The “June bugs” I am used to are smaller and lighter in color than these inch-long behemoths, but both seem to be species of the Phyllophaga genus of May beetles. There are about 300 different Phyllophaga species in North America, most on this side of the Rockes. Note the three-part club on the antennae. Above also see the elytra, or hard covering of the wings (the mark of the beetles, order Coleoptera) open and the wings exposed.
Wings tucked away. Caught these with the flash outside, where they were bumping into the girlfriend in the dark. Back inside, reviewing the thumbnail images, we found one of the beetles on the camera strap.
Multicolored Asian Ladybeetles going at it.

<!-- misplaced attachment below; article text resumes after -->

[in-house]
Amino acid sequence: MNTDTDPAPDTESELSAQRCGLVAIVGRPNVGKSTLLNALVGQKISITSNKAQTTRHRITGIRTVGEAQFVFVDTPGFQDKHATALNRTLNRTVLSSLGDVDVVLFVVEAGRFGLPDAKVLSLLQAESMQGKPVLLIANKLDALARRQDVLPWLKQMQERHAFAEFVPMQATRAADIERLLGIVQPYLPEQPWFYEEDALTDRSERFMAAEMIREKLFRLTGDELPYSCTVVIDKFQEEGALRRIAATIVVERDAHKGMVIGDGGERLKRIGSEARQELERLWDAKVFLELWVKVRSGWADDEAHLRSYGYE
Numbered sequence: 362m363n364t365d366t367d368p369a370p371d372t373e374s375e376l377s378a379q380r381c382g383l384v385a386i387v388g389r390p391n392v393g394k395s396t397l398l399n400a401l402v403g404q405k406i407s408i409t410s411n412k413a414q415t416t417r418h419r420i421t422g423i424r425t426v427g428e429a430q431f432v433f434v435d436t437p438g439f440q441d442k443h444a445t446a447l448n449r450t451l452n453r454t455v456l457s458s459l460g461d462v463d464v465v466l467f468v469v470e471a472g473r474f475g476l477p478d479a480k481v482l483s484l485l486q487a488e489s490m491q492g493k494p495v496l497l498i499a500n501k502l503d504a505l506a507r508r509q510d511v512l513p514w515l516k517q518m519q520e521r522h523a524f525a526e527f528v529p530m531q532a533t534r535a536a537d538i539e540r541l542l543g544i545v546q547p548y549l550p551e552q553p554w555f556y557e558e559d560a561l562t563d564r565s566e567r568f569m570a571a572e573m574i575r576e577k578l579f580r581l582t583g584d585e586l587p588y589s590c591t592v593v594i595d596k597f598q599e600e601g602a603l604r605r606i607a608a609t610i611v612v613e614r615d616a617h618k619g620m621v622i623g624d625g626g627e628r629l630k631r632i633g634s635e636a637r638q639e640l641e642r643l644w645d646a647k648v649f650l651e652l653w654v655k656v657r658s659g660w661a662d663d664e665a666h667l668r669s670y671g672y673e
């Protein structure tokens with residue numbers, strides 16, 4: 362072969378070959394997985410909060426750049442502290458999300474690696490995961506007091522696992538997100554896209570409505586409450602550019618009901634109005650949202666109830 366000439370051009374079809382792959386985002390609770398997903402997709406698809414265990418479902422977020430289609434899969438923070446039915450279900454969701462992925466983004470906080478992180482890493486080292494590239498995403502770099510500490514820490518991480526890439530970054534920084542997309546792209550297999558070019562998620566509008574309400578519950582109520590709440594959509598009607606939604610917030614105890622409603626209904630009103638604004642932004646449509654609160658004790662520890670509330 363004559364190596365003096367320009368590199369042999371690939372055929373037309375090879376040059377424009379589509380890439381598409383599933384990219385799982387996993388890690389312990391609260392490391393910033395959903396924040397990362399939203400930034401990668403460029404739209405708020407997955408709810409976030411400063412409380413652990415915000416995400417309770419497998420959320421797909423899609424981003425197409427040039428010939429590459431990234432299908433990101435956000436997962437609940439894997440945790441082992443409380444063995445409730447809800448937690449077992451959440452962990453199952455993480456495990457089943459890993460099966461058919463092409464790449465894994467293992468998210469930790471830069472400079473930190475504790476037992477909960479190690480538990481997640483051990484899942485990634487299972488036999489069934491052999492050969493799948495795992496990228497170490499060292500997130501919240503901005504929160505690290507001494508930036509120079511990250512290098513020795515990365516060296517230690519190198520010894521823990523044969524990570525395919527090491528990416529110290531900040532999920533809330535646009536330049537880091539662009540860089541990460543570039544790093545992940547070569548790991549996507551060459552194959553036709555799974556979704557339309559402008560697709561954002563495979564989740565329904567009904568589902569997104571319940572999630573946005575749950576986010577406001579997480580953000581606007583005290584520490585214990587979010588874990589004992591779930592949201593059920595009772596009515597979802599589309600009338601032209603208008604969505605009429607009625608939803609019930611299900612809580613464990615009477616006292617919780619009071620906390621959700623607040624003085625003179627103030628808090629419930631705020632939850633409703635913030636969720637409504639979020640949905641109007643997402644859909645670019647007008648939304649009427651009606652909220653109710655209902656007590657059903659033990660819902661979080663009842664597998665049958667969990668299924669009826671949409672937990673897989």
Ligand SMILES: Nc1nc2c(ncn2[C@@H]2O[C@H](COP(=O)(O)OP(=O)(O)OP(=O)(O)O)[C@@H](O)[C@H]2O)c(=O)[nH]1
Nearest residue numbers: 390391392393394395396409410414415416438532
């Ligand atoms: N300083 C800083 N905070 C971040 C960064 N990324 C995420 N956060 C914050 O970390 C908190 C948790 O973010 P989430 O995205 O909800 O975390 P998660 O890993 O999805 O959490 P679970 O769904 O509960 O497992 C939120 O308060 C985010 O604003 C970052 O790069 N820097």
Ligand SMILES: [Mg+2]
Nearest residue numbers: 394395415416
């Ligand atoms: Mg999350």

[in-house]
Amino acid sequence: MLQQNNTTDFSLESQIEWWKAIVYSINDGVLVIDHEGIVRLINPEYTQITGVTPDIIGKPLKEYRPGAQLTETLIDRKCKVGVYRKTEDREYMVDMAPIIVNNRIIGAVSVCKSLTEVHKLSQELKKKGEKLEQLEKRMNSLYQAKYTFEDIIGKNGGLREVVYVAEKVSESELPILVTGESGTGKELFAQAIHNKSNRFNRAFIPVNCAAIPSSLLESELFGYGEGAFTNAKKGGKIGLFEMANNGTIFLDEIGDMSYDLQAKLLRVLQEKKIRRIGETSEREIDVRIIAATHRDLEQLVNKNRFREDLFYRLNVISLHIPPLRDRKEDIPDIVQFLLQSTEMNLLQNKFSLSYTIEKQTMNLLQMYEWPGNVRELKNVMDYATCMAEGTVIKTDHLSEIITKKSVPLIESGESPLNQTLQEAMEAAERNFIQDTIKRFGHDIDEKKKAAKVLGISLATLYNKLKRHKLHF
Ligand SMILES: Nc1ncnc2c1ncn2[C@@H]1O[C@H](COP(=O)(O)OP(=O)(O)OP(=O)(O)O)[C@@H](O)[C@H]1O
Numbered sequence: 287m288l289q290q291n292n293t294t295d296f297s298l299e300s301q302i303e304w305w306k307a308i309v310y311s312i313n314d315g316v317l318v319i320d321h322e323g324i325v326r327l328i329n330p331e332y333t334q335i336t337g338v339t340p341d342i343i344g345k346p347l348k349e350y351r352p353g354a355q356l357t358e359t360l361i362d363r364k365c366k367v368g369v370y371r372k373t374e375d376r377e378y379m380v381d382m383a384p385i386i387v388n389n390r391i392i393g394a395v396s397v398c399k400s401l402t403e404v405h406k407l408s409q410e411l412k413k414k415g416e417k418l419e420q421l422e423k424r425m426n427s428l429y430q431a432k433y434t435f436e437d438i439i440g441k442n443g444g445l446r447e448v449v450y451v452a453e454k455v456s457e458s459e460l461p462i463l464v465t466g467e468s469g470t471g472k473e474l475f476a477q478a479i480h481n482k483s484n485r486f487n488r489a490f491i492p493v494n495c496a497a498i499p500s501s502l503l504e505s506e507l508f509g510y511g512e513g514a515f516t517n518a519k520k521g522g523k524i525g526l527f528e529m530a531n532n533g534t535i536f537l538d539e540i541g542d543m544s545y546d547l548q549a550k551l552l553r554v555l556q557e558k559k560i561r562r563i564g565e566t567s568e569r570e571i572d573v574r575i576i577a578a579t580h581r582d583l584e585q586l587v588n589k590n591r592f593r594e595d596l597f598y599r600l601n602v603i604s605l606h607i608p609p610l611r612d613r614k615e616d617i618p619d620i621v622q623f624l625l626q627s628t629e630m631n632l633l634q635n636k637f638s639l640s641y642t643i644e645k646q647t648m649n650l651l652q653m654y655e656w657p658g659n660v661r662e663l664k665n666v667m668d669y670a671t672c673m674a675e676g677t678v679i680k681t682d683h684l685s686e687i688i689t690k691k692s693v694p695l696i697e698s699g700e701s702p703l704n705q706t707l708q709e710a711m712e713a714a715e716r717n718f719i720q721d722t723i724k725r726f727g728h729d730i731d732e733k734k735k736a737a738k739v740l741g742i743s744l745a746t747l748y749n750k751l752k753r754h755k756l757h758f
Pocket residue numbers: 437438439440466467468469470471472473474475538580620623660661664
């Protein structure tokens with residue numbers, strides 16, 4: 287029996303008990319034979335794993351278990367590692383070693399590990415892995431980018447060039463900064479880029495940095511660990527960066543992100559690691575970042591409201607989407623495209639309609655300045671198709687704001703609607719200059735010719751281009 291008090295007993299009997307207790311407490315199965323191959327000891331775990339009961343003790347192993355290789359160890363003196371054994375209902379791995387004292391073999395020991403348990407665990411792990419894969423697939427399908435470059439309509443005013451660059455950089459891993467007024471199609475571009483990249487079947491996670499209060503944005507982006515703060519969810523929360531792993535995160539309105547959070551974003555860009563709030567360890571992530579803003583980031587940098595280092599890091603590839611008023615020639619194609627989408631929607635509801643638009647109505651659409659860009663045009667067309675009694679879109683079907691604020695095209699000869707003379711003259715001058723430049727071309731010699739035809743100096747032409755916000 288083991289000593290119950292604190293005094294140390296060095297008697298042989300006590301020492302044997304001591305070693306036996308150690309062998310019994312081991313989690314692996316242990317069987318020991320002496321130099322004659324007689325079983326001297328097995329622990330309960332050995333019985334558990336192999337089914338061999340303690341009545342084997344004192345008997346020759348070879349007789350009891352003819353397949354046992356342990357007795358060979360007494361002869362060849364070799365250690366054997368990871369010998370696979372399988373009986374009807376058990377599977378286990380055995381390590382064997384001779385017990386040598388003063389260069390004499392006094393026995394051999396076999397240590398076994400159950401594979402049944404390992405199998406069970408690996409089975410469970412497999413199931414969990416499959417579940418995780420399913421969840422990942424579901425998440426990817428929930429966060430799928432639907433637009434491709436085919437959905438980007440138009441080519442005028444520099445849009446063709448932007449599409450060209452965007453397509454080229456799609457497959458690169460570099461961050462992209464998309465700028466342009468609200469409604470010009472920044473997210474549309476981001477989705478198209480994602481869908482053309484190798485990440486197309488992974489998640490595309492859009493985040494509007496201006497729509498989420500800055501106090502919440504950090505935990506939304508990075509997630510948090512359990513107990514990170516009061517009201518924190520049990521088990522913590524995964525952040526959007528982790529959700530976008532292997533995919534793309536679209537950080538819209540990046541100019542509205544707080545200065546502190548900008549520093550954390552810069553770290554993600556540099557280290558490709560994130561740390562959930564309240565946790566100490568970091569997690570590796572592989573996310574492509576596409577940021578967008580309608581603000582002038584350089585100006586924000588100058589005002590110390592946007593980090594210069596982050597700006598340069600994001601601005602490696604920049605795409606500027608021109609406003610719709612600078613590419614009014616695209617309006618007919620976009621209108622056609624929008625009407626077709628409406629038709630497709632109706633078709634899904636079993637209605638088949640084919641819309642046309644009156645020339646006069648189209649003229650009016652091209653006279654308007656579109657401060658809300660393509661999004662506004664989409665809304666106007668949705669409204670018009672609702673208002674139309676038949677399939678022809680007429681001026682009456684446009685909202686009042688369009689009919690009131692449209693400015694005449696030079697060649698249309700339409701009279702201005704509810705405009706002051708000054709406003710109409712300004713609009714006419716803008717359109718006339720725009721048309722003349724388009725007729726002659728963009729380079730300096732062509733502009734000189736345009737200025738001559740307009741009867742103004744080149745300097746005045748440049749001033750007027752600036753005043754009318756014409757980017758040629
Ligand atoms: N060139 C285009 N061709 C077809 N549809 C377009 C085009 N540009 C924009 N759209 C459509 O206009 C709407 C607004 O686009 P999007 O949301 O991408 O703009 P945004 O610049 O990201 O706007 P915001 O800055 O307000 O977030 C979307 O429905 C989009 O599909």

Spring azure butterfly. The violet inner wings only seen in flight. Small, close to the ground, pretty, these butterflies make one happy.
This is some kind of bumble bee mimic. It does look bumble bee-like when flying, but note that in stillness the wings and eyes make it look all fly. (You, Gentle Blogreader, can't hear its fly whine, so different from a bumble buzz.) Also, no self-respecting bumble bee every seems to pause long enough for such a great pose. This one maybe of the syrphid order of flower flies, disguised thus to avoid predators.